Rudder: The rudder worked well in the high winds though I need more than the one very solid gudgeon and pintle. I have a duckworks gudgeon for a weekender and it held up well but I want to add another purchase at the bottom of the rudderbox to take the slack out of the system. I may build a new rudder system using one of the butcher-block laminated leeboards as the blade for looks and sturdiness. The rudder lines worked but there was a lot of friction in the system making the boat a little tiring to steer. I believe this is due to an angled pull on the rudder done in order to keep the transom clear for the fishtail drive. If I drop the drive, I can definitely remove this friction. The Name: The boat is revealing its own character to me and it is a good one. This also will help me decide on a name for the boat. One that rose strongly to my mind given first launch experience is "Steadfast." The definition of this adjective is: "Resolutely or dutifully firm and unwavering: "steadfast loyalty"
So, I returned the boat to my garage with a nice list of "tweaks" to improve the sailing of the boat. The first item on my list I decided to tackle was the leeboard. John Bell came up with the simple fix of cutting the boards down the middle and adding another width of wood and this ended up working quite well. I put the leeboards back on the boat having cut much larger HDP washers to reduce friction. I also replaced the shock cord with line using autorelease cam cleats I got from duckworksbbs.com which would allow the board to kick up should I ground.
I widened the leeboards by cutting them lengthwise and adding another width of wood.
Second item on my list is the rudder. As much as I liked having home-made rudder assembly on the boat, I decided to replace it with the more solid commercially made assembly. First, I ordered gudgeons from duckworksbbs that would work with the pintles on the rudder. When these arrived, I attached them to the transom so the rudder head cleared the top by an inch and a half. The tiller that came with the rudder assembly was well used. I cut it to a fairly short length and reinforced the old wood with thickened epoxy. I then attached a cross-piece of wood to the back of the shortened tiller creating a T shaped assembly that would fit into the mount on the commercial rudder assembly. I repositioned the fairleads and reran the rudder lines. I added a line to hold the rudder down and another to hold it in a raised position. Garage sailing indicated I had removed the friction but another sail on the water would be in order.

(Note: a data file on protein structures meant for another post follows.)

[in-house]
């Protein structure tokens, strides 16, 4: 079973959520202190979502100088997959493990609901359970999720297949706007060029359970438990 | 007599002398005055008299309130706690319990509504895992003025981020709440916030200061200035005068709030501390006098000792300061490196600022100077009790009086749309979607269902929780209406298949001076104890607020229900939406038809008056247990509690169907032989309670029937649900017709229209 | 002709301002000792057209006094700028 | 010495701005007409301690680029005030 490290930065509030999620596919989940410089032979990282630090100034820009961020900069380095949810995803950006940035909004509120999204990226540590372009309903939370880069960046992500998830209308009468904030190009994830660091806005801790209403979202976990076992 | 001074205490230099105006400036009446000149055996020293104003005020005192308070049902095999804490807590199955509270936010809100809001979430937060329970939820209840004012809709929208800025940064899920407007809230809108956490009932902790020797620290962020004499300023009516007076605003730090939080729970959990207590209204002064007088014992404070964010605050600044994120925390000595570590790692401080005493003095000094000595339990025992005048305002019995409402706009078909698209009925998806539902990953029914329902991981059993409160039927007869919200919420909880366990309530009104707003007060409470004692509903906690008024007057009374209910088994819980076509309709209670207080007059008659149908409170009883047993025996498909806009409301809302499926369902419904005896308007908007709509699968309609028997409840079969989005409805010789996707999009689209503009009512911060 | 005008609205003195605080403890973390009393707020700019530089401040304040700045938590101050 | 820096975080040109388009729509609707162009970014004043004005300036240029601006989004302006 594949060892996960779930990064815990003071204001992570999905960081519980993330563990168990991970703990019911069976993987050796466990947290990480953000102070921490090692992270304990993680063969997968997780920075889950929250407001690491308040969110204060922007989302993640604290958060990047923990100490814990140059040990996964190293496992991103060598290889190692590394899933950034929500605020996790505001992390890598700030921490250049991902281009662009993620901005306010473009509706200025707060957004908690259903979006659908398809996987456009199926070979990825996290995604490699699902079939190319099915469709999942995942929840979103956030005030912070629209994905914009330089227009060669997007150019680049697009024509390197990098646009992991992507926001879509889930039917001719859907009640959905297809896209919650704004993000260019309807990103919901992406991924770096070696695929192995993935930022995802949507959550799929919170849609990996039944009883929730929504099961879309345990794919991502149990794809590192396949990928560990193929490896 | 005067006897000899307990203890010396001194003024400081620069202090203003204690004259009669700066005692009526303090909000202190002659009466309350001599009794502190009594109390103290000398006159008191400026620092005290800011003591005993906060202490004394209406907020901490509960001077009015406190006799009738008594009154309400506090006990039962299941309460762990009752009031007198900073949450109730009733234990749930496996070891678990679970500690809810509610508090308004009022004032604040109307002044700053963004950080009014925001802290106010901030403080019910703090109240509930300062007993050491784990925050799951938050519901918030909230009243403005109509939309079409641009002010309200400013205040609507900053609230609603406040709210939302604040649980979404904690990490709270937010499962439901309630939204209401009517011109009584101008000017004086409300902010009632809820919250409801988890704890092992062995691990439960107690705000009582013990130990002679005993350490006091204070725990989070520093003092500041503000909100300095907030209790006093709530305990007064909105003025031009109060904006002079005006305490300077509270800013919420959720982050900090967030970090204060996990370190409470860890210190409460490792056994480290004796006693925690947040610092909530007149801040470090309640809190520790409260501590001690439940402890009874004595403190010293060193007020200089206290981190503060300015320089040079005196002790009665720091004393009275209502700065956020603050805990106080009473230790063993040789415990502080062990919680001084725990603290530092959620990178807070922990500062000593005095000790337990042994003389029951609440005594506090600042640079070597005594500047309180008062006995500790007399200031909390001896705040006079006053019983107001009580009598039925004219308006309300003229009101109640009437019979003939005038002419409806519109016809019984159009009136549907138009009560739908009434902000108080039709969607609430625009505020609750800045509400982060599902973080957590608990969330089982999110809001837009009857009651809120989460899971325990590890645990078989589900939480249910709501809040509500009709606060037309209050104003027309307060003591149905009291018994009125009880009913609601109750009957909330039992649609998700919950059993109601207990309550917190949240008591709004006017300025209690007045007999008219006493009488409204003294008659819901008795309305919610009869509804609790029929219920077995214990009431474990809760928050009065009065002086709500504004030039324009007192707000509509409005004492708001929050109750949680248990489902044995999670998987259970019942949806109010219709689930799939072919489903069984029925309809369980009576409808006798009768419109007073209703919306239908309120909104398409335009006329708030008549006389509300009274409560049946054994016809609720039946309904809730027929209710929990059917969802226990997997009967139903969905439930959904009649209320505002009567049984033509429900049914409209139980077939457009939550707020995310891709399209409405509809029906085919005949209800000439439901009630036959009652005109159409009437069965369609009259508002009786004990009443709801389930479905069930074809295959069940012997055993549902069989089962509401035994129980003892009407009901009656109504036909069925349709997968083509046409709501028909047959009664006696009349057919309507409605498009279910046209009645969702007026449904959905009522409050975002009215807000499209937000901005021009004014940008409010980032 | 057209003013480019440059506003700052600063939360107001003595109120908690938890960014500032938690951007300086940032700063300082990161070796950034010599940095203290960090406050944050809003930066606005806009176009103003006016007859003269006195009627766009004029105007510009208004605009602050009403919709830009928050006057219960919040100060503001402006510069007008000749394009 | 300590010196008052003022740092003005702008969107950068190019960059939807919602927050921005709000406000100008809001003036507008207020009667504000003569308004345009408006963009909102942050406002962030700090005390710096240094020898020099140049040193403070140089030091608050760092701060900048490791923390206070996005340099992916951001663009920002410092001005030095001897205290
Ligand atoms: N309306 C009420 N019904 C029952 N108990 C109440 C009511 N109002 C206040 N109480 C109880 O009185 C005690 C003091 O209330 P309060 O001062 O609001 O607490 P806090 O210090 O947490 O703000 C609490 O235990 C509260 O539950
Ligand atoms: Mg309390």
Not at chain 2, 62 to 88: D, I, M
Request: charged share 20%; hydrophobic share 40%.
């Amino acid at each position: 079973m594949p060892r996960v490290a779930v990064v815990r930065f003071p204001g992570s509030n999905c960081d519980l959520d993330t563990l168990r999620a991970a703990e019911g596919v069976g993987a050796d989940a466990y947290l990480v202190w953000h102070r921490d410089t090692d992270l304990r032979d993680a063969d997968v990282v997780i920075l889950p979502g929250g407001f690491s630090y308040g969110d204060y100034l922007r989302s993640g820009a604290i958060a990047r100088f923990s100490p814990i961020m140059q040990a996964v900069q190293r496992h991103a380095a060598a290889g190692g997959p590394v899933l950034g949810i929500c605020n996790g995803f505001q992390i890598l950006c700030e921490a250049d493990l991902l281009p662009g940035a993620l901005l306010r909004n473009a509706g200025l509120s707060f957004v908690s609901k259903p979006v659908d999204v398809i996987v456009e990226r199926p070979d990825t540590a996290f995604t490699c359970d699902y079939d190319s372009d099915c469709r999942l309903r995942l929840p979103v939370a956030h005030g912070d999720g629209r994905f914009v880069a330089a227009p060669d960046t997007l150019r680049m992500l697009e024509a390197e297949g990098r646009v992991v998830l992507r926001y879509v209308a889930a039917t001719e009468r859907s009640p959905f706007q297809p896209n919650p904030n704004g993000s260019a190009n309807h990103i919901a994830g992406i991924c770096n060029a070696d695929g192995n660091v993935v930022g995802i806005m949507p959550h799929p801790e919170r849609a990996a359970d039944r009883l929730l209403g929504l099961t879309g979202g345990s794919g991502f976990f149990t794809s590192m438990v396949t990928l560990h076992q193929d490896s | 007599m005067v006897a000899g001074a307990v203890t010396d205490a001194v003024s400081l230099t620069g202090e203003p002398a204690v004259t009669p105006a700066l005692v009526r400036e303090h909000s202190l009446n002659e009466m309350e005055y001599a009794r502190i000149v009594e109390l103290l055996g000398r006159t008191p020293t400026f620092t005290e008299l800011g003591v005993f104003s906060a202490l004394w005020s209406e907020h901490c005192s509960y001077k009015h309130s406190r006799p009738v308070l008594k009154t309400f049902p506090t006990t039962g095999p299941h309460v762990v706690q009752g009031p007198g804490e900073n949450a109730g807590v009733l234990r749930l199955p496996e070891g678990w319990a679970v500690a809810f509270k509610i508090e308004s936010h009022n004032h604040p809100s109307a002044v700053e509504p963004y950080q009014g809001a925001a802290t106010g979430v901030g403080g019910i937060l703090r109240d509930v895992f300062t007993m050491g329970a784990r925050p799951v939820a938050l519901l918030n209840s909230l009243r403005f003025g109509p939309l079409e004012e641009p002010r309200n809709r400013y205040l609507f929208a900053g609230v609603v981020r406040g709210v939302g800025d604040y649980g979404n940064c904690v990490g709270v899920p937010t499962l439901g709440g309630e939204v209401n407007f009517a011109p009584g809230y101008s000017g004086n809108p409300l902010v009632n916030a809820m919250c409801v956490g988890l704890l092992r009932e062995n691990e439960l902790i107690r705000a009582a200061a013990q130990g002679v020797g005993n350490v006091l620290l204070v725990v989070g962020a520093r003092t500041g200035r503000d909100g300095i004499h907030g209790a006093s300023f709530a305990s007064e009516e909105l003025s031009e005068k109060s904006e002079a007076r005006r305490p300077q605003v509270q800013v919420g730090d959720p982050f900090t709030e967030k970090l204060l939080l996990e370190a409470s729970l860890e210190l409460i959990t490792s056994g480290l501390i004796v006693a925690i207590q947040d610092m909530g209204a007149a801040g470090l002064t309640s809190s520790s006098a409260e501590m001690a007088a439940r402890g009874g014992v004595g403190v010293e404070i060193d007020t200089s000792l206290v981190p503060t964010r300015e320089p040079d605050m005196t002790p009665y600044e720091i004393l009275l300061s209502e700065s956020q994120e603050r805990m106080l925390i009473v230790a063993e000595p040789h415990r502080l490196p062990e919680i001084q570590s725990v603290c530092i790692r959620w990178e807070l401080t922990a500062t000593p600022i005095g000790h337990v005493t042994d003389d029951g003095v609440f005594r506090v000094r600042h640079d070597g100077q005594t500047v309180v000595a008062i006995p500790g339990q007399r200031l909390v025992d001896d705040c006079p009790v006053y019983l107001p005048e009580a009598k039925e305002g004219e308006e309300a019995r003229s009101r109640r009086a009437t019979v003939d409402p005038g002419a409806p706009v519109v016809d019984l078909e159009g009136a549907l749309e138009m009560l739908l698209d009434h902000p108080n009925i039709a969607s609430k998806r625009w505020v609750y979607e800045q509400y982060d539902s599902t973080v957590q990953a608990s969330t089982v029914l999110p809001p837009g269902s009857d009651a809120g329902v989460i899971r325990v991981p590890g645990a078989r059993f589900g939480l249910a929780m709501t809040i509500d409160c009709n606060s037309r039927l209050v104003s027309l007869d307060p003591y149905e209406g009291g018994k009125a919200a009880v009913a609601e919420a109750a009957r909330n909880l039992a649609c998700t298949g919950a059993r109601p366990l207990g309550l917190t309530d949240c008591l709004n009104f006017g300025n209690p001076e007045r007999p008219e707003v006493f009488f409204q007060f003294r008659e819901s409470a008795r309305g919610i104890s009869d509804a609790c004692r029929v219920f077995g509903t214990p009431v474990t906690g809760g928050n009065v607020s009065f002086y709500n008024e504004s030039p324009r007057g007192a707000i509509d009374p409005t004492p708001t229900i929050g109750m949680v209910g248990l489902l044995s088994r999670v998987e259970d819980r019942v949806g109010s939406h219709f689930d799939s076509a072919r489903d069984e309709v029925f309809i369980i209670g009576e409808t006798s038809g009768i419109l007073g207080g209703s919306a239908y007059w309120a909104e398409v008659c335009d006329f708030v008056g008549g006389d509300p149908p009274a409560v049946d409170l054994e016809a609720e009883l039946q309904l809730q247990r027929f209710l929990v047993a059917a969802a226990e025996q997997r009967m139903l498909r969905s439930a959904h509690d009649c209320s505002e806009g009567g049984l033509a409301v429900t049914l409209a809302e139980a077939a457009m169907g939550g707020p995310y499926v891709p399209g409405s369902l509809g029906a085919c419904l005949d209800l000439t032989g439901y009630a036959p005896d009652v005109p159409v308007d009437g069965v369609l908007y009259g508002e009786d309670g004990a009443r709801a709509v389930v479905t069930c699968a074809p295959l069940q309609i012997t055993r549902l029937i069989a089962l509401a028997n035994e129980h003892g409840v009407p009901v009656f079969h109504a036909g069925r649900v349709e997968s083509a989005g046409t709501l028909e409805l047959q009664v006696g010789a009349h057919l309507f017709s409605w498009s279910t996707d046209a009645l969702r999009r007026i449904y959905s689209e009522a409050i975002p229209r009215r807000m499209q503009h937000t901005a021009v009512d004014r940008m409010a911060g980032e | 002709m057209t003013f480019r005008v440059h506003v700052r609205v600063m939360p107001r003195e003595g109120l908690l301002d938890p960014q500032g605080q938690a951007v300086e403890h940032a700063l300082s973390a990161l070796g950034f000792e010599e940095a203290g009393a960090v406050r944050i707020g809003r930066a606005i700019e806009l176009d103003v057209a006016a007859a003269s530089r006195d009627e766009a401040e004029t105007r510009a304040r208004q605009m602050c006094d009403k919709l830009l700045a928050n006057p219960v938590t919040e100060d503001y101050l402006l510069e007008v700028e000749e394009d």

Third, I addressed the length of the boom by adding a splice. Fourth, I put a real main-sheet on the boat with plenty of purchase. Fifth, I moved the oarlocks further aft on the boat. I was ready for my second test sail with the exception of the leech line which I decided to adjust at the launch ramp. So, I packed everything up and headed back out to Lake Allatoona. Finally, I decided to try out one of those racheting folding cushions from Westmarine for the boat. It had nice thick cushions on it and could be laid flat to double as a ¾ length sleeping mattress.
The lake was drawn down for the winter so that I could catch spring rains before they flooded Rome, GA. I ended up having to launch from Galts Ferry landing. First, I raised the mast and loosened the leach line from the on-sail jam cleat. Amazingly, one firm tug removed the cupping of the aft part of the sail and I kind of felt stupid for not having tried it sooner. Queequag's coffin might have made the full distance of the Florida 120 if I had done this one-minute operation. I had a devil of a time backing the boat down the now real long ramp given I can't see the duck behind the van. Finally, I got it in the water and parked the van.
Little Duck with a tall mast behind a big van.
Once again I faced whitecaps on the water with sustained wind around 12mph. I got in the boat and rowed away from shore and unrolled the full sail. The oarlocks need to be raised. The boat moved out smartly and I shot the video below. However, as it shows in the video, my boom splice started to fail. I rolled up the sail and made an expedient repair using lashings to a point on the boom below the failing splice. I partially unrolled the sail and continued to try out the other modifications. To test leeway, I chose points on shore to sail to. The boat exhibited NO leeway when sailing hard on the wind. The rudder lines worked well allowing the boat to turn into the wind when released. Good for safety but I need to figure out some sort of tiller tamer so I can have both hands for eating and/or using the bailing bucket (not for bailing) during the Everglades Challenge. I only had time for a short sail but it was worth it. Of course, I found myself with yet more tweaks needing to be done. One thing was for sure, the ratcheting mechanism was just as annoying on the blue seat as it is on the cheap lounge chairs you most often find it on. In order to reset the seatback, you had to first fold it all of the way down, then fold it completely flat before you could start ratcheting the back up. A bit of a pain especially when you have no other place to put your body when doing this!